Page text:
When an individual has been cheated on by a spouse, they may feel disrespected, betrayed, and tormented by this hurtful experience. As a result, they may seek retaliation through extensive legal recourse during the divorce process. But does adultery play a role in New York divorce cases?
The Impact on Divorce
Up until 2010, separating couples in New York had the option of pursuing fault-based divorces only, in which the couple must show that their marriage is ending because of one spouse’s fault— resulting from infidelity, abandonment, cruelty, or neglect.
That changed in 2010 when New York became the last state to allow no-fault divorces, meaning that a couple can simply state in the divorce papers that the marriage is “irrevocably broken” and both spouses have had irreconcilable differences for at least six months. However, when one spouse appears to be the obvious at-fault party for the ending of the marriage, a fault-based marriage may still be the best option.
In the case of spousal support or maintenance (once called alimony), marital fault is not automatically factored into divorce proceedings and calculations for spousal support. So that, when one spouse cheats, the other spouse is not automatically entitled to a spousal support award or a higher amount of spousal support.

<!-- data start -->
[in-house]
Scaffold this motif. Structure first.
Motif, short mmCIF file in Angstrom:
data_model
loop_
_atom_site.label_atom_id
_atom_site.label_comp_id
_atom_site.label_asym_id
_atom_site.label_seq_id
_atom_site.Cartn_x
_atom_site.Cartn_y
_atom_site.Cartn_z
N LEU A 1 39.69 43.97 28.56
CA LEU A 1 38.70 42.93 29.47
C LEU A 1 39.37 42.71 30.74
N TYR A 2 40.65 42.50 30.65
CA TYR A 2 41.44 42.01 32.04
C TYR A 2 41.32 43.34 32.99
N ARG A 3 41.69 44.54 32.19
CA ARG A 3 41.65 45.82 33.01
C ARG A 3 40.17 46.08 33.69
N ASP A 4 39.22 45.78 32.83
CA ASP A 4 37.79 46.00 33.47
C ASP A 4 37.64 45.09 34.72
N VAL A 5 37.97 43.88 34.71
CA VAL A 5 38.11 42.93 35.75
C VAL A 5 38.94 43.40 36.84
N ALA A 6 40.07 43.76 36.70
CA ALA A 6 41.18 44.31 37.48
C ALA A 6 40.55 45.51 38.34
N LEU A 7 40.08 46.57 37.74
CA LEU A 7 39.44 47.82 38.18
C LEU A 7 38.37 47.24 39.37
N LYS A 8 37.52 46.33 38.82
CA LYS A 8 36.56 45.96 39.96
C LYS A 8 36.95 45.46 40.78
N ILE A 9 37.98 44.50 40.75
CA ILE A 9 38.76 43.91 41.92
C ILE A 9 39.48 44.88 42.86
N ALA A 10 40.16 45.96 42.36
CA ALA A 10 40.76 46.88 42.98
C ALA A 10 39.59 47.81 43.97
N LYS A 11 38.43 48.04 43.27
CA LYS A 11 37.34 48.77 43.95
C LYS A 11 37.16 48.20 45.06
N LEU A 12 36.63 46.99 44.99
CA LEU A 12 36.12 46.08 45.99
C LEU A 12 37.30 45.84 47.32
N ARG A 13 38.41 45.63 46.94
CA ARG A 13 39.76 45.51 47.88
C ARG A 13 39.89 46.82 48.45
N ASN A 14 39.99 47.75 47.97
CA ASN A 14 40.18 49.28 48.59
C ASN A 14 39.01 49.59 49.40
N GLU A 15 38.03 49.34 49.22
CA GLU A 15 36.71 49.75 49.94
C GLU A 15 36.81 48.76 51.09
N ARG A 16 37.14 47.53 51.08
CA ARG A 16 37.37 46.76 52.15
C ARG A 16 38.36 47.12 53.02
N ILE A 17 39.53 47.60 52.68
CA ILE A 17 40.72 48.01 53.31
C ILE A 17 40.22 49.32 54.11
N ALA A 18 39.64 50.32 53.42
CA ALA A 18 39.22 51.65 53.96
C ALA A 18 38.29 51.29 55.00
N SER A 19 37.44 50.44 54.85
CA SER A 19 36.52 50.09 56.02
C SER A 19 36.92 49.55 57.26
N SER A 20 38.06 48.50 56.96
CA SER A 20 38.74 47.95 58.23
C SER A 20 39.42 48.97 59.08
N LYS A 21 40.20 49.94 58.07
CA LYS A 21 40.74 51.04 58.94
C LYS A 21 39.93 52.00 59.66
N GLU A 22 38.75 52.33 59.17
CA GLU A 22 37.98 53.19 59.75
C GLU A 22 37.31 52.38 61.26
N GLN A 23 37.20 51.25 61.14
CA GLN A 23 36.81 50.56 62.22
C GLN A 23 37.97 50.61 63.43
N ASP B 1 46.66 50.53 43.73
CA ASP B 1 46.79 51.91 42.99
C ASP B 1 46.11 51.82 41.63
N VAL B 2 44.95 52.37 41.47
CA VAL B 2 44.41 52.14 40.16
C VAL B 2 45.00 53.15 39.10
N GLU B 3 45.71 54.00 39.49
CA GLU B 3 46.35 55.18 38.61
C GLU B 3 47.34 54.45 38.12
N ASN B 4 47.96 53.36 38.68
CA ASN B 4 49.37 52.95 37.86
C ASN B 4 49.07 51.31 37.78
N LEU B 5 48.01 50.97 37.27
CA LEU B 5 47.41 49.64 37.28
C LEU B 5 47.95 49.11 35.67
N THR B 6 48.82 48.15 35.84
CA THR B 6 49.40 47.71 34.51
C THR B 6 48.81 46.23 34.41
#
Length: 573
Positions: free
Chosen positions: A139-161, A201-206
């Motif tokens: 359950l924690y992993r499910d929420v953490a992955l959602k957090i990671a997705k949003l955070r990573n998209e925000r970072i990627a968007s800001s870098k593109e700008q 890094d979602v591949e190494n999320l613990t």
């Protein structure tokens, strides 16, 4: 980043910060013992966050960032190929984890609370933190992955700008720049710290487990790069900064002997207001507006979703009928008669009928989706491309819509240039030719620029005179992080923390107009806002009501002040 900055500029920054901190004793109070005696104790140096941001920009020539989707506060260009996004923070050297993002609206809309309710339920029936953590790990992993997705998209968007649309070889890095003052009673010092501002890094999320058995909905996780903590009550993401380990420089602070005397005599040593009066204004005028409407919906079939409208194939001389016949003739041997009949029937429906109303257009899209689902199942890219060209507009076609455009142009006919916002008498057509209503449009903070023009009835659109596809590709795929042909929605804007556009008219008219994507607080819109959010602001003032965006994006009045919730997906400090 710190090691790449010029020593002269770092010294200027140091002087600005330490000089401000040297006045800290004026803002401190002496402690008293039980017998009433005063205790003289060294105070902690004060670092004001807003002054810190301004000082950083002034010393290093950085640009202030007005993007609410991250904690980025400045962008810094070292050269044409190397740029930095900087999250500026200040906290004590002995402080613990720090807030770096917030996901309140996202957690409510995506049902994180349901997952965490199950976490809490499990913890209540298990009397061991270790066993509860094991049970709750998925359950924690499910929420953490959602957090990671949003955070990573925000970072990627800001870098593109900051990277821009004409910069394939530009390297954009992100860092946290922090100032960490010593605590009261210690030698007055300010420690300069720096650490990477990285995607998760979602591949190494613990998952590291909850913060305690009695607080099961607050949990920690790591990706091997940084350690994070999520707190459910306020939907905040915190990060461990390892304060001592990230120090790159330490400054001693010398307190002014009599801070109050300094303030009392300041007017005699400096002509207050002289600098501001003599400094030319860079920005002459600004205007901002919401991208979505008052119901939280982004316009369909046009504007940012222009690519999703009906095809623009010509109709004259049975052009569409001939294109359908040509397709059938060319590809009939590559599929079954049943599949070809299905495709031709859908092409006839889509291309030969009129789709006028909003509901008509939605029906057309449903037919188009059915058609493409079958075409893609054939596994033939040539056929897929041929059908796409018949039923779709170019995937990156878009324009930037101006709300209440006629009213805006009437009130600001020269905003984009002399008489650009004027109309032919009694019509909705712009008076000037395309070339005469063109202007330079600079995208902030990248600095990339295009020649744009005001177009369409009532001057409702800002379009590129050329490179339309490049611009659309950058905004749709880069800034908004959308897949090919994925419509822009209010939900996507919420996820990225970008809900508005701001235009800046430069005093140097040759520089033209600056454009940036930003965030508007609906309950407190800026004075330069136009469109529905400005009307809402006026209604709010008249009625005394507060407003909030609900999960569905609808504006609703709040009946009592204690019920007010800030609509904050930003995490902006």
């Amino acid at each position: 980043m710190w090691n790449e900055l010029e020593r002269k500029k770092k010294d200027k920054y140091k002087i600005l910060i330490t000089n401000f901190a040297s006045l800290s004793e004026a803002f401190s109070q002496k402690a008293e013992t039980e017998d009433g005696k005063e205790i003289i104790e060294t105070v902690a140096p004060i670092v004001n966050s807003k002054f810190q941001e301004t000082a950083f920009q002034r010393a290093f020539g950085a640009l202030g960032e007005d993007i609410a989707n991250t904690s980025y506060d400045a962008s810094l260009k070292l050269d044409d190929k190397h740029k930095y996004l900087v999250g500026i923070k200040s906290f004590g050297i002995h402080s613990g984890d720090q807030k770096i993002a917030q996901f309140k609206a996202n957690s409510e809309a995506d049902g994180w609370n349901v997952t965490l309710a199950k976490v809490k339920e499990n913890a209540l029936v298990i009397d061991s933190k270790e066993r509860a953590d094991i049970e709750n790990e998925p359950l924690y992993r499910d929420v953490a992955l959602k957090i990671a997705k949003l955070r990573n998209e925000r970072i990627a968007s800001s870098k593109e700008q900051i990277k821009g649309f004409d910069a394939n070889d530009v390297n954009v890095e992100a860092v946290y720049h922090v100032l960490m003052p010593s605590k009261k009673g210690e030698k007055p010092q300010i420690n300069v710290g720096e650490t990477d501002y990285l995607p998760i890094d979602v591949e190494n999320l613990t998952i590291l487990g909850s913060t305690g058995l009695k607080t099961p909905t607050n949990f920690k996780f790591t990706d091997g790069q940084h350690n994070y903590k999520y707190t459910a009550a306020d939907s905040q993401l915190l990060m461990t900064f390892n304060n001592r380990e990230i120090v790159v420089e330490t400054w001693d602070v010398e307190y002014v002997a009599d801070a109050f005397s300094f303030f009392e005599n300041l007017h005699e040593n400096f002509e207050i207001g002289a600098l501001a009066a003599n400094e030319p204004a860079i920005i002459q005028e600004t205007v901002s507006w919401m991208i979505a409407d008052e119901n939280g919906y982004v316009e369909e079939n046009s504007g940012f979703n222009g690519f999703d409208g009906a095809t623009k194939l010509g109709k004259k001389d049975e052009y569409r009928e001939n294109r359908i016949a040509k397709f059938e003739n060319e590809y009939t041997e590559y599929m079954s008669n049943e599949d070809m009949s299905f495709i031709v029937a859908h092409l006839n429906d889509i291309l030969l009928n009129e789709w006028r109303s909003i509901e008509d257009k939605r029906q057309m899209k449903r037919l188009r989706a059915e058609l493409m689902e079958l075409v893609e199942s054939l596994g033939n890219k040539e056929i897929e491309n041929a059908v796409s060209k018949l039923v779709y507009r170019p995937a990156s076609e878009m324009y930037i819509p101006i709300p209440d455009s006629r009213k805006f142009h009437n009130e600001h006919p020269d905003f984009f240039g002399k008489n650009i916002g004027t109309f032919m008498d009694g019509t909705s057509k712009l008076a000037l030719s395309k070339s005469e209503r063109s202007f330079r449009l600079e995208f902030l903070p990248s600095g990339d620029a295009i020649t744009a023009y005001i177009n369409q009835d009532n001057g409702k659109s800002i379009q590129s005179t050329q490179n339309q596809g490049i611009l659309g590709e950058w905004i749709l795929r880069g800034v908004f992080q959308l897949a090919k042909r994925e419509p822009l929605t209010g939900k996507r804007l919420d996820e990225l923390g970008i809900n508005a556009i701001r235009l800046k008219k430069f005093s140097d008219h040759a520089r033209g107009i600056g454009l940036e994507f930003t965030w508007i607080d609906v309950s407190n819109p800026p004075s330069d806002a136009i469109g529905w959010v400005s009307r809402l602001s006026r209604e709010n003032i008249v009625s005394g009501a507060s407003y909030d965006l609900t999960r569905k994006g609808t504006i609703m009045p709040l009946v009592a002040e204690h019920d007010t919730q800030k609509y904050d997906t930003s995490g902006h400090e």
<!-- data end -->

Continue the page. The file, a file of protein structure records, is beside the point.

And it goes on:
However, there are situations that can influence a judge’s decision-making when it comes to spousal support and property division. One of the most common of these situations is known as “financial infidelity.” This is when a cheating spouse spends a significant amount of money on their affair partner (even if there was no physical affair). Some of the most common signs of financial infidelity include:
- Your spouse refuses to talk about credit cards, debt, or personal finances
- You notice large cash withdrawals go unaccounted for.
- Your spouse is buying new clothing that you don’t see them wearing.
- You find a paper trail around holidays like Christmas or Valentine’s Day.
- You find yourself unable to pay certain bills with no changes in income.
- Your spouse rushes home to get the mail first or hide packages.
Helping You Obtain What Is Fair
If you are considering divorce after infidelity within your marriage, our Long Island family law firm is here for you. With these potential financial implications, it is crucial to have an attorney on your side to help evaluate information regarding your total assets and property and determine whether financial infidelity played a role in the course of your marriage.
At Wisselman, Harounian & Associates, we are dedicated to protecting your rights and your financial security during your divorce process and for your future.
Contact our firm at (516) 773-8300 or fill out our online contact form to speak with our dedicated family law team for free.